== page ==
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  • 1.
    Berthold, Catrine L.
    et al.
    Stockholm University, Faculty of Science, Department of Biochemistry and Biophysics.
    Wang, He
    Stockholm University, Faculty of Science, Department of Biochemistry and Biophysics.
    Nordlund, Stefan
    Stockholm University, Faculty of Science, Department of Biochemistry and Biophysics.
    Högbom, Martin
    Stockholm University, Faculty of Science, Department of Biochemistry and Biophysics.
    Mechanism of ADP-ribosylation removal revealed by the structure and ligand complexes of the dimanganese mono-ADP-ribosylhydrolase DraG2009In: Proceedings of the National Academy of Sciences of the United States of America, ISSN 0027-8424, E-ISSN 1091-6490, Vol. 106, no 34, p. 14247-14252Article in journal (Refereed)
    Abstract [en]

    ADP-ribosylation is a ubiquitous regulatory posttranslational modification involved in numerous key processes such as DNA repair, transcription, cell differentiation, apoptosis, and the pathogenic mechanism of certain bacterial toxins. Despite the importance of this reversible process, very little is known about the structure and mechanism of the hydrolases that catalyze removal of the ADP-ribose moiety. In the phototrophic bacterium Rhodospirillum rubrum, dinitrogenase reductase-activating glycohydrolase (DraG), a dimanganese enzyme that reversibly associates with the cell membrane, is a key player in the regulation of nitrogenase activity. DraG has long served as a model protein for ADP-ribosylhydrolases. Here, we present the crystal structure of DraG in the holo and ADP-ribose bound forms. We also present the structure of a reaction intermediate analogue and propose a detailed catalytic mechanism for protein de-ADP-ribosylation involving ring opening of the substrate ribose. In addition, the particular manganese coordination in DraG suggests a rationale for the enzyme's preference for manganese over magnesium, although not requiring a redox active metal for the reaction.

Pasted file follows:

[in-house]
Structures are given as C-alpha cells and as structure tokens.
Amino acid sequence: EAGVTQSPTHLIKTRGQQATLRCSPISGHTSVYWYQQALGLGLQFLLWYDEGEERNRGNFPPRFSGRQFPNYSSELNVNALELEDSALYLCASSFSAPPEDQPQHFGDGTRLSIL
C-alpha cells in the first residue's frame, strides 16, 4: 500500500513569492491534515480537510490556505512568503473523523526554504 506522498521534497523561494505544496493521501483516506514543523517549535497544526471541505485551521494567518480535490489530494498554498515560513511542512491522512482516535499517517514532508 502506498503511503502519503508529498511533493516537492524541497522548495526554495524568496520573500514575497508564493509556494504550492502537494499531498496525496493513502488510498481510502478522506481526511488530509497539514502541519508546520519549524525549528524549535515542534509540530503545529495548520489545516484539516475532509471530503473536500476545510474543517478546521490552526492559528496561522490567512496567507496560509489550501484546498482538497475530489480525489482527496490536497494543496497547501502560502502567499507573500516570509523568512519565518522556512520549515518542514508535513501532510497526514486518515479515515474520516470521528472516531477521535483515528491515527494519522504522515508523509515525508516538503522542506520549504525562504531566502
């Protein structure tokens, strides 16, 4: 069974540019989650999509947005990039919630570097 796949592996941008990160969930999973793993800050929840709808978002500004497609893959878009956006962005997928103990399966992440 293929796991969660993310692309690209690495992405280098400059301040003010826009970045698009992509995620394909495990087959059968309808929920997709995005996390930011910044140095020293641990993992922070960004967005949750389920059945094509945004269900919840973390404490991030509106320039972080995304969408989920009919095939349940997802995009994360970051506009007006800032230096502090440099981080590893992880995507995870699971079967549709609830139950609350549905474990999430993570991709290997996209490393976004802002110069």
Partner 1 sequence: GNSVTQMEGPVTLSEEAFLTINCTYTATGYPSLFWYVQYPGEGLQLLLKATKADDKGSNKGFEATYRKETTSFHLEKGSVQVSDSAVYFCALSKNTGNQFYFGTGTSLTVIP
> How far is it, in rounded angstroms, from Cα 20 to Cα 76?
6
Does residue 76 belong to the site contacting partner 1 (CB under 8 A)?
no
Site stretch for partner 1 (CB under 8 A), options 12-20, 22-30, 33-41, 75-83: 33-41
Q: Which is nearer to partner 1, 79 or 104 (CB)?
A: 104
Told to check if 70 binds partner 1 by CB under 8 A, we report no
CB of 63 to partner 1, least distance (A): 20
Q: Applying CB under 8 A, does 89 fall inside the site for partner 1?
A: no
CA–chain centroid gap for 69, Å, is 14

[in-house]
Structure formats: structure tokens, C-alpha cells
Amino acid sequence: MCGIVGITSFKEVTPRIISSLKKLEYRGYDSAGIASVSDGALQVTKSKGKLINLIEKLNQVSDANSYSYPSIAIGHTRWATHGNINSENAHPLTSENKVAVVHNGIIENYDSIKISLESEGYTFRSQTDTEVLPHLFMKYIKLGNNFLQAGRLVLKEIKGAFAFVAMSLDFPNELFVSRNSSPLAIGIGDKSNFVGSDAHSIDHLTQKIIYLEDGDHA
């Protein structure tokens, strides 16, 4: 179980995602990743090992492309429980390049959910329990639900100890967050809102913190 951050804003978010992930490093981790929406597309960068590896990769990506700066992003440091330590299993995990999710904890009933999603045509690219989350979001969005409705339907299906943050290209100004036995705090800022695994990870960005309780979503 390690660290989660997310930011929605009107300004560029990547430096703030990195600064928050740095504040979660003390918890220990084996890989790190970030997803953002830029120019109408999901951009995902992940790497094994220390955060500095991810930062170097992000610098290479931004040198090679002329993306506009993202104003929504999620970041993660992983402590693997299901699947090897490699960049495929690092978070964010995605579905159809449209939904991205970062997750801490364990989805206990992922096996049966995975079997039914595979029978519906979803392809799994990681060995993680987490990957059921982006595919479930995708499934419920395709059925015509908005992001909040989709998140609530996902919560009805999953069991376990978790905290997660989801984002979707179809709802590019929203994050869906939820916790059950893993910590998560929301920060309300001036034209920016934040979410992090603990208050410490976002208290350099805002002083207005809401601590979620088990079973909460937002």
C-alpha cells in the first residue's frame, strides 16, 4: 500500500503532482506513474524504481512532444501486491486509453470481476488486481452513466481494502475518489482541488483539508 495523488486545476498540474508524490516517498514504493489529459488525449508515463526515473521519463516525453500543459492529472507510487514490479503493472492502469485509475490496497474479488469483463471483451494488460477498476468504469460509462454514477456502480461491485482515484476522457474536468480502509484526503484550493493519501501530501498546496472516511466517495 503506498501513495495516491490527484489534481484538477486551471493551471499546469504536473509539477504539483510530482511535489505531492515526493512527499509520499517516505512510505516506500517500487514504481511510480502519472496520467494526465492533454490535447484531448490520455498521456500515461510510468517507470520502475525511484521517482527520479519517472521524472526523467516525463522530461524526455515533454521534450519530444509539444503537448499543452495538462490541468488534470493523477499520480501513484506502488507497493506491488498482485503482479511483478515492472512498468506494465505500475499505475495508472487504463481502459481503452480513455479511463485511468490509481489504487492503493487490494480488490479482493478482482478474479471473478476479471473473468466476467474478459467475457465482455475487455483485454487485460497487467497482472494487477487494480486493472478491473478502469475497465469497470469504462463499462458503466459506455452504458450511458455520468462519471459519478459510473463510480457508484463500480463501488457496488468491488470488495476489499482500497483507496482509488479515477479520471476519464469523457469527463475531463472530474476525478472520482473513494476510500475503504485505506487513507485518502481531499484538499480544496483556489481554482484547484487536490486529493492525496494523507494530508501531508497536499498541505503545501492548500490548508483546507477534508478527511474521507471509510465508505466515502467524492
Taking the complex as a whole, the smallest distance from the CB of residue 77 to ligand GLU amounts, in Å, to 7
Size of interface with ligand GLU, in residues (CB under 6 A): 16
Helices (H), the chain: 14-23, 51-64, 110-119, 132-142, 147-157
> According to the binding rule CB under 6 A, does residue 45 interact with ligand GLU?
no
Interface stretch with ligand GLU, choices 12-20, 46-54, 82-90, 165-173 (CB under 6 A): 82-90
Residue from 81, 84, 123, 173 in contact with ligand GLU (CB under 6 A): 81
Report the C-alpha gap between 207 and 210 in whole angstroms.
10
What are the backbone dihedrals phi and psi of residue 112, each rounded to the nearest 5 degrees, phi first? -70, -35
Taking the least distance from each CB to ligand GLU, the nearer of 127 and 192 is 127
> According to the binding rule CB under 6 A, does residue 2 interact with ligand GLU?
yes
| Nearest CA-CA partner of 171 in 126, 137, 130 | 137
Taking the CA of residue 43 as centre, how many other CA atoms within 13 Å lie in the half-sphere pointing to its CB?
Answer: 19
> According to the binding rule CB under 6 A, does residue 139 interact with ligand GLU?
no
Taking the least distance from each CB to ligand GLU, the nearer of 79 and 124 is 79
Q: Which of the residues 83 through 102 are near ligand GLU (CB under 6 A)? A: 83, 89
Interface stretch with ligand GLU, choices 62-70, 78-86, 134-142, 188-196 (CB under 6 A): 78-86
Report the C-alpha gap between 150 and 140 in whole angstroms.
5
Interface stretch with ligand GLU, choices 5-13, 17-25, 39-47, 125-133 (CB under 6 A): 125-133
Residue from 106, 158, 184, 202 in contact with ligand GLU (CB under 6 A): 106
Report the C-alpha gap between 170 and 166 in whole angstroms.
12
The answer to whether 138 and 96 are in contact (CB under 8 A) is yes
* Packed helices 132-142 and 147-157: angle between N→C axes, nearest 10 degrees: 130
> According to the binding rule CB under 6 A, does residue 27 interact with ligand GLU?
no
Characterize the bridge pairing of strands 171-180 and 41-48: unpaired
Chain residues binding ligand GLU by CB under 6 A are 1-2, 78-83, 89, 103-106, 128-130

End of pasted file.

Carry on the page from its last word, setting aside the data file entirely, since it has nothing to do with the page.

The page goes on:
• 2.
    Jonsson, Anders
    et al.
    Stockholm University, Faculty of Science, Department of Biochemistry and Biophysics.
    Nordlund, Stefan
    Stockholm University, Faculty of Science, Department of Biochemistry and Biophysics.
    In vitro studies of the uridylylation of the three PII protein paralogs from Rhodospirillum rubrum: the transferase activity of R. rubrum GlnD is regulated by alpha-ketoglutarate and divalent cations but not by glutamine.2007In: J Bacteriol, ISSN 0021-9193, Vol. 189, no 9, p. 3471-8Article in journal (Refereed)